San Francisco with the Fujifilm X-Pro2

Experienced - San Francisco - 2016

The streets of San Francisco provide such a wonderful range of opportunities for street photography – it’s become a bit like an old glove that just fits.

Even on a mostly fog covered morning, we discovered opportunities to capture interesting images – with me shooting with a new Fujifilm X-Pro2 and the Fujinon 23mm f/1.4 lens (35mm equivalent). I shot both JPEG and RAW – and post-processed a few of these images using Lightroom’s camera calibration for the Acros black and white film emulation.

I love the tonality of Acros – and want to spend more time shooting with it in camera. Meanwhile, the X-Pro2 has provided a new challenge – with a bit of a learning curve.

Morning Coffee - San Francisco - 2016

Glance

Dudes - San Francisco - 2016

Friends - San Francisco - 2016

Super Selfie - San Francisco - 2016

On the streets with the Fujifilm X-Pro2

Lantern

My Fujifilm X-Pro2 arrived a few days ago – and I headed out today on a very wet and ugly day in Menlo Park to take my first few shots with this new camera.

I mounted the Fujinon 35mm F2 lens on the X-Pro2 body and put the camera into Acros film simulation mode. On Crane Street in Menlo Park is the Nativity of the Holy Virgin Russian Orthodox Church – one of my favorite local places for architectural images.

Here’s an example – one of my first images shot on the X-Pro2 – shooting with the 35mm lens wide open at f/2.

Walking San Francisco

I'm Only Human - San Francisco - 2016

A special weekend in San Francisco – walking the streets with Valérie Jardin and her San Francisco Street Photography workshop participants. On Saturday, we had the beautiful bright sunny day that street photographers love. Today we had a mostly overcast day. Valérie is a great workshop leader – I had a special time with her in Paris in the fall of 2014 and will be going to Rome with her later this year. I highly recommend her workshops!

I was shooting – seriously for the first time – with a new Fujifilm X70. I came away delighted with the experience – this is a great camera for street photography – especially when mostly shooting in full automatic mode. I like to set the ISO to float between 1600 and 6400 – which helps push the shutter speed up and the aperture more open. The camera is ideal for those quick shots – where you really don’t want to bother with a viewfinder (the X70 doesn’t have one) and you can just learn to trust the 28mm wide angle of the fixed lens along with the camera’s programming to make great images.

For the last year I’ve been almost exclusively shooting with the Fujifilm X100T – loving its 35mm fixed lens and learning how to use its controls to help me shoot street images. For this weekend, I had the X100T in the bottom of my camera bag – as a backup – but I spent the whole weekend shooting with just the X70. I’ve included a few more images from the weekend below – my full album of my best shots is here on Flickr.

Sunflower - San Francisco - 2016

Look Away - Maiden Lane San Francisco - 2016

Light Fantastic - Ross Alley San Francisco - 2016

East of Grant Avenue - San Francisco - 2016

Into the Light in San Francisco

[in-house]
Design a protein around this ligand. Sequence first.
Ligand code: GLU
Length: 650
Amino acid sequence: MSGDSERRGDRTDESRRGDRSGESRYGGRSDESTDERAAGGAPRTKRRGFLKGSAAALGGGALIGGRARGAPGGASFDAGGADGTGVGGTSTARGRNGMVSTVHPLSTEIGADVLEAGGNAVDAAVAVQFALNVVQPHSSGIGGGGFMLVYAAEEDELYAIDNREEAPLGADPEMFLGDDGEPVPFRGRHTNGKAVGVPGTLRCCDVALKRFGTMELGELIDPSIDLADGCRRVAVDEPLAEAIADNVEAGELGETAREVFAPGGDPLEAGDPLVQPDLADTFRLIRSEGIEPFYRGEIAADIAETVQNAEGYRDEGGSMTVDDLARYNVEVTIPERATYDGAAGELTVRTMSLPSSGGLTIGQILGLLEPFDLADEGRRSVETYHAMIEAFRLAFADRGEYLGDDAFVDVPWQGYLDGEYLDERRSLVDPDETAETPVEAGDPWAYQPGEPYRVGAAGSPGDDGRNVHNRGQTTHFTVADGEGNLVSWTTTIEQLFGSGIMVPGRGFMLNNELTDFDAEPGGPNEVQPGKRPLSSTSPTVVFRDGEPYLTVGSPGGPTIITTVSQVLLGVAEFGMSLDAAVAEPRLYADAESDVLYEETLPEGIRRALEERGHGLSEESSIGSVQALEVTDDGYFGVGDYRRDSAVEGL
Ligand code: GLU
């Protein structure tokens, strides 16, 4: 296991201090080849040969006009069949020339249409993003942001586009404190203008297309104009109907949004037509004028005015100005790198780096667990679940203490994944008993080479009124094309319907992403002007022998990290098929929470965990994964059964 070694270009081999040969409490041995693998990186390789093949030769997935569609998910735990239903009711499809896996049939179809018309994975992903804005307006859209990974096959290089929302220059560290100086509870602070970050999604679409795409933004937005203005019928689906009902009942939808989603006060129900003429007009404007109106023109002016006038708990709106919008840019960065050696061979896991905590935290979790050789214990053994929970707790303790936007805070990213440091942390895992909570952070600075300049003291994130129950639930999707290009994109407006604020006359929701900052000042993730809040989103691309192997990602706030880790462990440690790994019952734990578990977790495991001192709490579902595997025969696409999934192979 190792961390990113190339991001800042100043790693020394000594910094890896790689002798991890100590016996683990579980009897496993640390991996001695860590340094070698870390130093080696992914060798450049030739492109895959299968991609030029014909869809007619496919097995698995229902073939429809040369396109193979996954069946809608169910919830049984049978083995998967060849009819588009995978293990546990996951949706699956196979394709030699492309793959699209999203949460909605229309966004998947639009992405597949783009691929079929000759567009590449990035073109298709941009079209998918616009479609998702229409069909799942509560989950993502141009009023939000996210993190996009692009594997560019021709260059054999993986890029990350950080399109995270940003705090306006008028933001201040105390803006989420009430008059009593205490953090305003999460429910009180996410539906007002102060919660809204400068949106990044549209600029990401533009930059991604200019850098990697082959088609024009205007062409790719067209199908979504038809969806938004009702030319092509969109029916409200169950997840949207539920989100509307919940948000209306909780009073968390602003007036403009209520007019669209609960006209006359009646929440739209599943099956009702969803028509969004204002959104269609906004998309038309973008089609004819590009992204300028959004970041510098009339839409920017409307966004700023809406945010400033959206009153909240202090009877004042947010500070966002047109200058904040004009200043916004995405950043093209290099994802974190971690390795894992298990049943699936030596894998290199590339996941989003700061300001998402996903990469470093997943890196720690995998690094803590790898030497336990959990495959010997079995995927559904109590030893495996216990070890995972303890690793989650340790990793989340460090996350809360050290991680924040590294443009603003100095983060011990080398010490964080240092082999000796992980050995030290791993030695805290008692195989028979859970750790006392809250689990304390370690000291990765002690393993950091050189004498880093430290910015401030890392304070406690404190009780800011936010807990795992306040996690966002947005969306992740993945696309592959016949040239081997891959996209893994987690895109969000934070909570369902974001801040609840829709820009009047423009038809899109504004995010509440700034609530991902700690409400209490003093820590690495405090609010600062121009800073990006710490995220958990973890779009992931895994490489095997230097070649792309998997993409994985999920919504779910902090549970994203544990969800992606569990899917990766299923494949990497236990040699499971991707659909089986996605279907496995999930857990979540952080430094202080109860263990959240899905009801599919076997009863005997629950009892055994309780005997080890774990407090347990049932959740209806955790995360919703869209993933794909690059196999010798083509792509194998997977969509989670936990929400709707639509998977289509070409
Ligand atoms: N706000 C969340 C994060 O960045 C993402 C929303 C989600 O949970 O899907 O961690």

Spear Steet - San Francisco - 2016

Earlier this week I was in San Francisco for meetings – and I went in a bit early to do some street photography.

Here’s one of the first images I captured after just coming up from the Embarcadero BART station.

I was shooting with my Fujifilm X-E2 with the new v4.0 firmware. An amazing upgrade by Fuji to this great little camera!

Looking into the light is one of my favorite scenes – taught to me by looking at the amazing work of Fan Ho!

Scooter

Scooter - San Francisco - 2016

Yesterday was my first time on the streets of San Francisco after upgrading my Fujifilm X-E2 to the latest firmware update (V 4.0). One of the best things about using Fujifilm cameras is how they have regularly provided significant firmware updates to older cameras – and this update to the X-E2 is a significant one – especially to the autofocus capabilities of the camera.

This is an example – shot into the morning light using the camera’s zone focusing mode.

RCA Victor

RCA Victor - Havana - 2013

Along Havana’s Neptune Street was the old RCA Victor studio. This image is from January 2013. Apparently the building is mostly gone now.

Cuban Nights

Whites - Lady in Red - Havana - 2013
Whites – Lady in Red – Havana – 2013

I wrote yesterday about Paul Graham’s exhibition at Pier 24 in San Francisco. Graham’s exhibition features three different approaches to photography. One of his approaches he called “American Nights” – consisting of images that had a high key, sort of faded look.

While enjoying the whole show, I found Graham’s “American Night” images the most interesting of the exhibition – and wanted to try the technique on a couple of my images. Here’s my first example – “Cuban Nights” version of one of my favorite images from Havana in 2013 that I titled “Lady in Red”.

The whiteness was added to this image in Photoshop by adding a white Color Fill adjustment layer and adjusting the opacity to approximate what I saw in Graham’s images. The original image can be seen here – but don’t look at it until you’ve stared at this version for a bit of time and begin to see some of the details emerging. That’s the fun part of Graham’s technique – at least for me!

And it works especially well with large prints on the wall – more so than with this small web image version!